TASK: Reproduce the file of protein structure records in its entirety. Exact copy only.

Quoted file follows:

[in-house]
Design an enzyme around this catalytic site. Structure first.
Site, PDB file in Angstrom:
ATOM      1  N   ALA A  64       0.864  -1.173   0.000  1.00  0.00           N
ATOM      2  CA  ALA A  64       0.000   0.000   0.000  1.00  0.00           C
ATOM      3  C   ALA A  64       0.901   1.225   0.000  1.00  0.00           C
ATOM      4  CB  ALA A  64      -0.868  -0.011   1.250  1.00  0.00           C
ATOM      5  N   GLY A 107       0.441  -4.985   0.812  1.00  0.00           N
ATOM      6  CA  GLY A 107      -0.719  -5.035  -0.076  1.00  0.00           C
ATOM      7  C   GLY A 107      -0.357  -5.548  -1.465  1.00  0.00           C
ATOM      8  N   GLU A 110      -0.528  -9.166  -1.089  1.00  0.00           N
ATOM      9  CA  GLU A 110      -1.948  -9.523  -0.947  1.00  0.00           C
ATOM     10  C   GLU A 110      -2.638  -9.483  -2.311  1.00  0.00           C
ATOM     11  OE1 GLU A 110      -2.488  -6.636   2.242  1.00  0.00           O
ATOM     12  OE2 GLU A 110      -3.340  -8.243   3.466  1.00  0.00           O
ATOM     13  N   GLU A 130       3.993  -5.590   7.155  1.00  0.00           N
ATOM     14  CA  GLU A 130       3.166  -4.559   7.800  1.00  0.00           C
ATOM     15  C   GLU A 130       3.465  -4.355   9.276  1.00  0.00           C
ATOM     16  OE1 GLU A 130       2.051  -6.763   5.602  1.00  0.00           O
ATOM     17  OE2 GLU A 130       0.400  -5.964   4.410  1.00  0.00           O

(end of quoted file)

[in-house]
Design an enzyme around this catalytic site. Structure first.
Site, PDB file in Angstrom:
ATOM      1  N   ALA A  64       0.864  -1.173   0.000  1.00  0.00           N
ATOM      2  CA  ALA A  64       0.000   0.000   0.000  1.00  0.00           C
ATOM      3  C   ALA A  64       0.901   1.225   0.000  1.00  0.00           C
ATOM      4  CB  ALA A  64      -0.868  -0.011   1.250  1.00  0.00           C
ATOM      5  N   GLY A 107       0.441  -4.985   0.812  1.00  0.00           N
ATOM      6  CA  GLY A 107      -0.719  -5.035  -0.076  1.00  0.00           C
ATOM      7  C   GLY A 107      -0.357  -5.548  -1.465  1.00  0.00           C
ATOM      8  N   GLU A 110      -0.528  -9.166  -1.089  1.00  0.00           N
ATOM      9  CA  GLU A 110      -1.948  -9.523  -0.947  1.00  0.00           C
ATOM     10  C   GLU A 110      -2.638  -9.483  -2.311  1.00  0.00           C
ATOM     11  OE1 GLU A 110      -2.488  -6.636   2.242  1.00  0.00           O
ATOM     12  OE2 GLU A 110      -3.340  -8.243   3.466  1.00  0.00           O
ATOM     13  N   GLU A 130       3.993  -5.590   7.155  1.00  0.00           N
ATOM     14  CA  GLU A 130       3.166  -4.559   7.800  1.00  0.00           C
ATOM     15  C   GLU A 130       3.465  -4.355   9.276  1.00  0.00           C
ATOM     16  OE1 GLU A 130       2.051  -6.763   5.602  1.00  0.00           O
ATOM     17  OE2 GLU A 130       0.400  -5.964   4.410  1.00  0.00           O